ESOP doesn’t necessarily meet with the goals of our motivations. The core reason orbits around the responsibilities of the Fiduciary. As discussed above, that person is obligated by law to accept any reasonable offer that provides value to the shareholders (the employees). For example, say we sell Headframe to our employees for $10. If the fiduciary gets an offer a year later for some reasonable multiple, say $15, the fiduciary is required to sell the company even if that means that the employees (the shareholders) all lose their jobs because the new company just wants the brand and wants to bottle it somewhere else. If the company is still settling the debt from the original ESOP buyout, the employees might not wind up with much of anything….or a job. Also, importantly to us, the company might not remain in Butte.
THE REPAYMENT OBLIGATION Third and final, the company is required to carry enough cash to reliably pay out the employees leaving or retiring in a certain
year. An entire cottage industry has been built around annual valuations of the R.O. (Repayment Obligation). So, let’s say your widget (in our case booze) is selling well, year to year. You are seeing big growth, you’ve hired more people, the value of the company has gone way up from the original valve of the ESOP sale and things are looking great right? Annually, the company is valued, most often by an outside consultant. If the value of your whiskey brand has doubled in the last year because you won some awards, then the value of the company is higher, which means the value of the shares held by ESOP members is higher, which means you are required by law to put away more money to satisfy the R.O. If you have the money the R.O. analysts says you’re going to need for the next year, you put that in the bank and it can’t be used for capital improvements, reinvestment, new markets sales and marketing, etc. If you don’t have the money, you have to go out and do a cash raise (outside investment, refinance and take on new debt, etc) to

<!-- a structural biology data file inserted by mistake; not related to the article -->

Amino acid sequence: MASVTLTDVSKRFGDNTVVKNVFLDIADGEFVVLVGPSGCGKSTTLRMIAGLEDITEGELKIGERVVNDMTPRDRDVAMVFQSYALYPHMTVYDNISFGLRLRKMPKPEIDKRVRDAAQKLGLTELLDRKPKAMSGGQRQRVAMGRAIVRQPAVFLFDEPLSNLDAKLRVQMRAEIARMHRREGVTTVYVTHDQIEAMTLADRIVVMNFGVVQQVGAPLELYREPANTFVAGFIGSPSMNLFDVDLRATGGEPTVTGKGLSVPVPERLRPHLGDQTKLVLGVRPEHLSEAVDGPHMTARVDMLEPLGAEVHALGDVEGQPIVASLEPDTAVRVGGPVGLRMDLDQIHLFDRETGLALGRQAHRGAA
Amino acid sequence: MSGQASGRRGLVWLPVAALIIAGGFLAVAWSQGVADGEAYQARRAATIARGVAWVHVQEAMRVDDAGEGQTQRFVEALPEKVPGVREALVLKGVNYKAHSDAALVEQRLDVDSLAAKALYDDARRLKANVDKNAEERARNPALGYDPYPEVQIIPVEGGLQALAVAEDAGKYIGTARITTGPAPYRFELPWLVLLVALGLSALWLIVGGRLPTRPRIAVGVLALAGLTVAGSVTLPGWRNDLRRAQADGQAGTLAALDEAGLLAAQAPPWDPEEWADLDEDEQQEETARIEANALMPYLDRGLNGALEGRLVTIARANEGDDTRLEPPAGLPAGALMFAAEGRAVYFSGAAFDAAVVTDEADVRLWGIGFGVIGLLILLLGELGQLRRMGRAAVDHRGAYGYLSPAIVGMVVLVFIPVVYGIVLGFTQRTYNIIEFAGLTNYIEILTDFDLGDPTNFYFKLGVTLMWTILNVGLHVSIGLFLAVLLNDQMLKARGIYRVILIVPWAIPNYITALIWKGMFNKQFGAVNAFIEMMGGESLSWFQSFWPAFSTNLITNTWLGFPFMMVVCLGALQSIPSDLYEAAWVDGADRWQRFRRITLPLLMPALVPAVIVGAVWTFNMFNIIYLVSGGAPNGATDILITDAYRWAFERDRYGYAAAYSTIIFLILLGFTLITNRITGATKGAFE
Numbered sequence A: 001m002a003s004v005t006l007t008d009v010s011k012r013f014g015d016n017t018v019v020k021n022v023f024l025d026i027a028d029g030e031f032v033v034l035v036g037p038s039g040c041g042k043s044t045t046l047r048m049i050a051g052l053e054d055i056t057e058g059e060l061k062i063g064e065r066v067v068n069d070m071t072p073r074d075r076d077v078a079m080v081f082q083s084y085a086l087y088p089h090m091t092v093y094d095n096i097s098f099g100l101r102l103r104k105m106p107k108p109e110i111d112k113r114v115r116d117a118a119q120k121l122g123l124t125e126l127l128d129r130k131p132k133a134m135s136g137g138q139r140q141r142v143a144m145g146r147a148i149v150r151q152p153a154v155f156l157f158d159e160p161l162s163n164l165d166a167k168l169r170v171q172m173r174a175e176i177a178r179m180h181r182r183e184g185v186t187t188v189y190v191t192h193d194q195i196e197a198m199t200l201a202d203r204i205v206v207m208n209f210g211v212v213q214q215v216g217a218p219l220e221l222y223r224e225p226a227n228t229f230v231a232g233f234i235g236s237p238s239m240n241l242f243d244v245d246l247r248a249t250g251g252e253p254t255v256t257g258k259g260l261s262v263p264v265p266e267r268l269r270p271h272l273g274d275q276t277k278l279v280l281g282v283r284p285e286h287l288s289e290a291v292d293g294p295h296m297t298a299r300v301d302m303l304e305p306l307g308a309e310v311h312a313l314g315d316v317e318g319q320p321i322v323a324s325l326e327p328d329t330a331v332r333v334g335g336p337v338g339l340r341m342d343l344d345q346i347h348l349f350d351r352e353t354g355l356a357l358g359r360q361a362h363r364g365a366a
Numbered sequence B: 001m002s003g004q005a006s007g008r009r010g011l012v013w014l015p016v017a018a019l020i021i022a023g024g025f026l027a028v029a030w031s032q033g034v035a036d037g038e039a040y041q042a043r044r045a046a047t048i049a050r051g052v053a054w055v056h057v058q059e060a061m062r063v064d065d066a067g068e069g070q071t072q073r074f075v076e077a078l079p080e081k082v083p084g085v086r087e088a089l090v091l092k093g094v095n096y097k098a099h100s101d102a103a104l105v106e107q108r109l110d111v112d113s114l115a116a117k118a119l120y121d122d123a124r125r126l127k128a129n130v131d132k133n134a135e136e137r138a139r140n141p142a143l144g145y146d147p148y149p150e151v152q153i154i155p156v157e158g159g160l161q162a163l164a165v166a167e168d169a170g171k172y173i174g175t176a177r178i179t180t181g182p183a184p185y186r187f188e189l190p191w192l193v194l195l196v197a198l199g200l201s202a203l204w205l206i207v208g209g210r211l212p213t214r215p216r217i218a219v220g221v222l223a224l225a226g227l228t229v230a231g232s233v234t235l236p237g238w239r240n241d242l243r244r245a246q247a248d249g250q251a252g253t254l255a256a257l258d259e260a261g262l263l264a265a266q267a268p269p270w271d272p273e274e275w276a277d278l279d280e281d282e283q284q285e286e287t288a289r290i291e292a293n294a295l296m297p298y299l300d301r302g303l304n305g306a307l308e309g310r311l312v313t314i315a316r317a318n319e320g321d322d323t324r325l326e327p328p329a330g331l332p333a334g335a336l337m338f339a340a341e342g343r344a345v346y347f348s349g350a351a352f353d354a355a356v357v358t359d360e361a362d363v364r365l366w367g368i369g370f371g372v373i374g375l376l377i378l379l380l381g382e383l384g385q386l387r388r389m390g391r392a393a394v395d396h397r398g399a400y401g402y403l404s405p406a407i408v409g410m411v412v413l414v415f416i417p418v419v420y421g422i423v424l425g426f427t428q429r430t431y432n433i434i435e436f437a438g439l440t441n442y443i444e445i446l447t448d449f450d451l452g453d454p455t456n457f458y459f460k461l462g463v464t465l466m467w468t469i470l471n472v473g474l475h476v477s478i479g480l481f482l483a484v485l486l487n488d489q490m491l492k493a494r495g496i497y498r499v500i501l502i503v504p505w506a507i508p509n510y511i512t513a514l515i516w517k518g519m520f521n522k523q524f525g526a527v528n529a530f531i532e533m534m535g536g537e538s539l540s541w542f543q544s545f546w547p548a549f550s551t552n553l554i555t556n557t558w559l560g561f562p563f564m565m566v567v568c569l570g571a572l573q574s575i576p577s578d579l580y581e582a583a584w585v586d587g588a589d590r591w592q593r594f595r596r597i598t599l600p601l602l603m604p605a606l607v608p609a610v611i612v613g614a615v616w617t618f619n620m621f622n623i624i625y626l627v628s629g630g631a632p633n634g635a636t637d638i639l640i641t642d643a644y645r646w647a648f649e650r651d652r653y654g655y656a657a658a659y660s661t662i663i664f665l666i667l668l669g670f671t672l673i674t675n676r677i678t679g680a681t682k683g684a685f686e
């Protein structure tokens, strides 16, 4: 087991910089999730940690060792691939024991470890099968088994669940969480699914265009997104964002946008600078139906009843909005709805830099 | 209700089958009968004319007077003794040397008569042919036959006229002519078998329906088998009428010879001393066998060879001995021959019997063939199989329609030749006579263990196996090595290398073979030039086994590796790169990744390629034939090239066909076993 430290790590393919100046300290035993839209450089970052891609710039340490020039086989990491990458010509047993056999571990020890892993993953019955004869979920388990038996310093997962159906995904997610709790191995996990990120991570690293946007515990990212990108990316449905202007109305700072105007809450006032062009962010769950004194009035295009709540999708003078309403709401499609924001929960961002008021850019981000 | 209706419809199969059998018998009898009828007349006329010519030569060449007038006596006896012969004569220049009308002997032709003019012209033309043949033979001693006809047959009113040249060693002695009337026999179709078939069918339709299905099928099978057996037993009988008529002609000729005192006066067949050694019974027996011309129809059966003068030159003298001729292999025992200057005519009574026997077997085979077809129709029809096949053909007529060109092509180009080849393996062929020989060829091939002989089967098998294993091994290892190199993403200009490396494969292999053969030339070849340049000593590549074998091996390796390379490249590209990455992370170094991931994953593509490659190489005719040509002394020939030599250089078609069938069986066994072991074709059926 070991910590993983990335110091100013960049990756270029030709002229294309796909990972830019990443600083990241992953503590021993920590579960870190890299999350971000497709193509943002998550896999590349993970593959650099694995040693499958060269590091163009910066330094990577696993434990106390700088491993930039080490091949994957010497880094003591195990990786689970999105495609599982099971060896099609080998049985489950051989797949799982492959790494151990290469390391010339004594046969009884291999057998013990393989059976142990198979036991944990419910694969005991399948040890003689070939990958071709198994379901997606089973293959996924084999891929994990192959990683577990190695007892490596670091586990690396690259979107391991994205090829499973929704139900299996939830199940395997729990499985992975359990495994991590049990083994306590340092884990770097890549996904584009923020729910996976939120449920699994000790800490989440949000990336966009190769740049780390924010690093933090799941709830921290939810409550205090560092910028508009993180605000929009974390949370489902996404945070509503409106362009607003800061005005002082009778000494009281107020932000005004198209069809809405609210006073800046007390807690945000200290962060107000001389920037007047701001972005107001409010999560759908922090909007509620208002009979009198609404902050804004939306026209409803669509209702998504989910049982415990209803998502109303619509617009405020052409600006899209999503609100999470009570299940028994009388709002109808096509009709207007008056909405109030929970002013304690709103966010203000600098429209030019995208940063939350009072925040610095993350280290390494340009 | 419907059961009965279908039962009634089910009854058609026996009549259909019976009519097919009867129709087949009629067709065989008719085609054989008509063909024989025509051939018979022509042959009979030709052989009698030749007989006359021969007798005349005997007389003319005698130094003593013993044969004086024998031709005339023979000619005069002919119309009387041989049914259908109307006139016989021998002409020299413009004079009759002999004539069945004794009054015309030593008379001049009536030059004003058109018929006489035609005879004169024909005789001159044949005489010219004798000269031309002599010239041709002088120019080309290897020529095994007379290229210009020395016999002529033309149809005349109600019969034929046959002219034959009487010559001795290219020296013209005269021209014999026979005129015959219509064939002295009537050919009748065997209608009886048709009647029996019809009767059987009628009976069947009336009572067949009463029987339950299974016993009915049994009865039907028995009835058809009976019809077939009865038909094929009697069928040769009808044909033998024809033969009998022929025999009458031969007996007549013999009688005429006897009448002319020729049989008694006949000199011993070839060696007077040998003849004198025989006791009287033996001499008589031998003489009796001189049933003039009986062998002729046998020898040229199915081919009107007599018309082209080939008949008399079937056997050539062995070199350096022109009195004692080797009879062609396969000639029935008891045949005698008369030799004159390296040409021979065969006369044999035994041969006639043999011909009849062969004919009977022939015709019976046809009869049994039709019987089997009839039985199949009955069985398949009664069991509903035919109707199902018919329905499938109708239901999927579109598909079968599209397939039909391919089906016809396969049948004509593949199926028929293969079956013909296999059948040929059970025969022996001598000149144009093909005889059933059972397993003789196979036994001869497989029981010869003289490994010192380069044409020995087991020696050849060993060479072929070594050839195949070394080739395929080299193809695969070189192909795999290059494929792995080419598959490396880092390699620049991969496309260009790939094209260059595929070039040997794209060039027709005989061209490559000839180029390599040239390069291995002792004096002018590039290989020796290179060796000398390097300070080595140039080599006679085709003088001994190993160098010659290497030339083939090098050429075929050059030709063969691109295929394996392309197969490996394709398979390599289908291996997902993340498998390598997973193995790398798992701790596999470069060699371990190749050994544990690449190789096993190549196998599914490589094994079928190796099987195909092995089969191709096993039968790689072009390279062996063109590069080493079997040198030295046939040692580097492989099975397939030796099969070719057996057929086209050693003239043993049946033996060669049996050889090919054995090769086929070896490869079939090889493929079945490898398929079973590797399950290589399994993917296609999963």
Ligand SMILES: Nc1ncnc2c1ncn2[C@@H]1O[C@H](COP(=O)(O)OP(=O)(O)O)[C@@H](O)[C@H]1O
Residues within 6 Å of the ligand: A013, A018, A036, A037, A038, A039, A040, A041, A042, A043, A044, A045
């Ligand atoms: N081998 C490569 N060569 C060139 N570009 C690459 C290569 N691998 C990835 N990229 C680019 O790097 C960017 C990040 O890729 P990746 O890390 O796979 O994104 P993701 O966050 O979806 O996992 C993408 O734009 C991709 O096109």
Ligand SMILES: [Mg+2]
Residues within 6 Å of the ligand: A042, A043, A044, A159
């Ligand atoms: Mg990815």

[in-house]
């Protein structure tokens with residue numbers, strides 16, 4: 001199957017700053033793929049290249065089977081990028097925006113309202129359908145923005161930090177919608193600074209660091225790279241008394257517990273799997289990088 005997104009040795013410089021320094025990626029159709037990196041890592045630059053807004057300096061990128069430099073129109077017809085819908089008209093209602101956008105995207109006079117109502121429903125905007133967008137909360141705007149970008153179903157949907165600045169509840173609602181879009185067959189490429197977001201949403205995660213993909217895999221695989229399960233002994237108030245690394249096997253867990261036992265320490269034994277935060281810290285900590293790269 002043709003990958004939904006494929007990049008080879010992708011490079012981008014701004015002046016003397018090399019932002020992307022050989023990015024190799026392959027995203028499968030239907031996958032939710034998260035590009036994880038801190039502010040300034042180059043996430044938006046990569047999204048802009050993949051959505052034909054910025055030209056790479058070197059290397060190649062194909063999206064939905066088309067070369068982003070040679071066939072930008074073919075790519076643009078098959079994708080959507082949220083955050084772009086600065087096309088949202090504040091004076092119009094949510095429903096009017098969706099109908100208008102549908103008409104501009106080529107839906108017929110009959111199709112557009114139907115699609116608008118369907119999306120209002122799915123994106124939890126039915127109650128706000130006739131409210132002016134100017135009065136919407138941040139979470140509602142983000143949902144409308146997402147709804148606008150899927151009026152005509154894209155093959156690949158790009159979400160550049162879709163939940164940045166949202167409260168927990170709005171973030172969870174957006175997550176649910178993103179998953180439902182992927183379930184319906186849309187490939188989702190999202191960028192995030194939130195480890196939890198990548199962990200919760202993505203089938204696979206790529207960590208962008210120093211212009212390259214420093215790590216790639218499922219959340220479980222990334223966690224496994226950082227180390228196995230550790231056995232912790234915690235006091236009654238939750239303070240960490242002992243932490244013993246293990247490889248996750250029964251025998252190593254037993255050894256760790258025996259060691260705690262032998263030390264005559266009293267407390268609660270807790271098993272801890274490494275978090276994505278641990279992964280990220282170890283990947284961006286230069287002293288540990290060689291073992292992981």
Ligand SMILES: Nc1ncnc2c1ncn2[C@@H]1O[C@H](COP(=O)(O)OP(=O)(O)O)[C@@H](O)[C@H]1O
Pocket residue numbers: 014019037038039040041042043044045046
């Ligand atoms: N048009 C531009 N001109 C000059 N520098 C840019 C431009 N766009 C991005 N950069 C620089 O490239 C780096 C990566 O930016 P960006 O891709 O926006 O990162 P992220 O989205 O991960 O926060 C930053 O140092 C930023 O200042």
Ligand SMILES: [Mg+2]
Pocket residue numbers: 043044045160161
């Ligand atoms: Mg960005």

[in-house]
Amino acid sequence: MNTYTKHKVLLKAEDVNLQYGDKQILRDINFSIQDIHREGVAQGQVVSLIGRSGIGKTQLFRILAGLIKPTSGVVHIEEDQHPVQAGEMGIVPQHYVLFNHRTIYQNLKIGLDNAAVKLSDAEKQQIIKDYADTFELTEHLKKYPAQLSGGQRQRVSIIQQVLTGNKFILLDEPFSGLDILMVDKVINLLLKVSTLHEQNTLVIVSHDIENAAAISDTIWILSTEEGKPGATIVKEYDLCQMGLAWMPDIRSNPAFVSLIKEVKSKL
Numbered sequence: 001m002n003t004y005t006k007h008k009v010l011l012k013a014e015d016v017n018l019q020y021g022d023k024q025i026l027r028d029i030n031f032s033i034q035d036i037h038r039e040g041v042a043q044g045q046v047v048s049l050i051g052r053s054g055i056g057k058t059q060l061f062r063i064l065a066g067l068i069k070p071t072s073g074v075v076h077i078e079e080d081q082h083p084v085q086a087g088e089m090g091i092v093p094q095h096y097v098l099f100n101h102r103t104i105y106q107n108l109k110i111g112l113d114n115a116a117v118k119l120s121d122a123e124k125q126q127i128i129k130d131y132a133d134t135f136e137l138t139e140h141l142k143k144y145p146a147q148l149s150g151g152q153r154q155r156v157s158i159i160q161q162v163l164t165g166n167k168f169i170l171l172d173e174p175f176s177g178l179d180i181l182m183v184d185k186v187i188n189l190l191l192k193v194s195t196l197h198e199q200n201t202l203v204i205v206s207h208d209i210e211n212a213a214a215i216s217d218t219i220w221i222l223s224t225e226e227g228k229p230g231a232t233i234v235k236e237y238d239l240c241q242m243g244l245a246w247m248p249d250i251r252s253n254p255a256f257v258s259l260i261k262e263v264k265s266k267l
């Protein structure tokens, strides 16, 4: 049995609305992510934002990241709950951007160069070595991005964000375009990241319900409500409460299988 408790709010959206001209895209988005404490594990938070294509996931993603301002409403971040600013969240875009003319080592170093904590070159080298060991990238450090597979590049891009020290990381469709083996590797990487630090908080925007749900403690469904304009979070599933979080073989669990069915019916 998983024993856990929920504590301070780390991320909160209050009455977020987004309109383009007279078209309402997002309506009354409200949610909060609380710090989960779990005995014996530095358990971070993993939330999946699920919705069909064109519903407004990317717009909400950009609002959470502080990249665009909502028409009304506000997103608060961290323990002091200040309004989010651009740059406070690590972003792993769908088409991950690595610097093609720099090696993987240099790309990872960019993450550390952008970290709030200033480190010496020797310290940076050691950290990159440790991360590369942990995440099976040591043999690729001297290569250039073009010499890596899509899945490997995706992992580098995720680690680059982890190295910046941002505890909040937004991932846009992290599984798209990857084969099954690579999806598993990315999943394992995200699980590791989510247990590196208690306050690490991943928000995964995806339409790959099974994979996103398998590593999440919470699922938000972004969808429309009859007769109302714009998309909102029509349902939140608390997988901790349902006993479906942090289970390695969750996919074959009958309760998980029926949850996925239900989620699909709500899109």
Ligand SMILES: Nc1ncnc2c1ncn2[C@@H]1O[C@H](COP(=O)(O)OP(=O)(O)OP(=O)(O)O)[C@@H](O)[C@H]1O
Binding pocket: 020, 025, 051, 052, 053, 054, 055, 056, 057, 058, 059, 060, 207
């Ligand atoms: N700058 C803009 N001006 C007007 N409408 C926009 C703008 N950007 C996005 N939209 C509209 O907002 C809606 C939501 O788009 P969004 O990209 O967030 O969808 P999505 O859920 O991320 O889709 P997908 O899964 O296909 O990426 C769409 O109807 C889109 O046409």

raise enough money to satisfy the R.O. If you can’t raise the money the company may have to liquidate and the employees may be left without a company or the full value of their shares. Once we got into high level details of how ESOPs work, we became increasingly concerned that our motivation for selling wouldn’t have the outcome we hoped for. So we began to look into other models (NonProfits, Trusts, etc..) to see if we could both fulfill our desire to turn over the company and its future value to the employees and see it remain a part of Butte for the long term In the next issue, we’ll share what we’ve learned of those models and why we think they might be a better fit for owners with our same motivations.
John and Courtney McKee are the owners/ founders of Headframe Spirits and Headframe Spirits Manufacturing in Butte, MT. When they aren’t exploring succession planning years in advance they’re exploring implementing mandatory afternoon naps for all employees.
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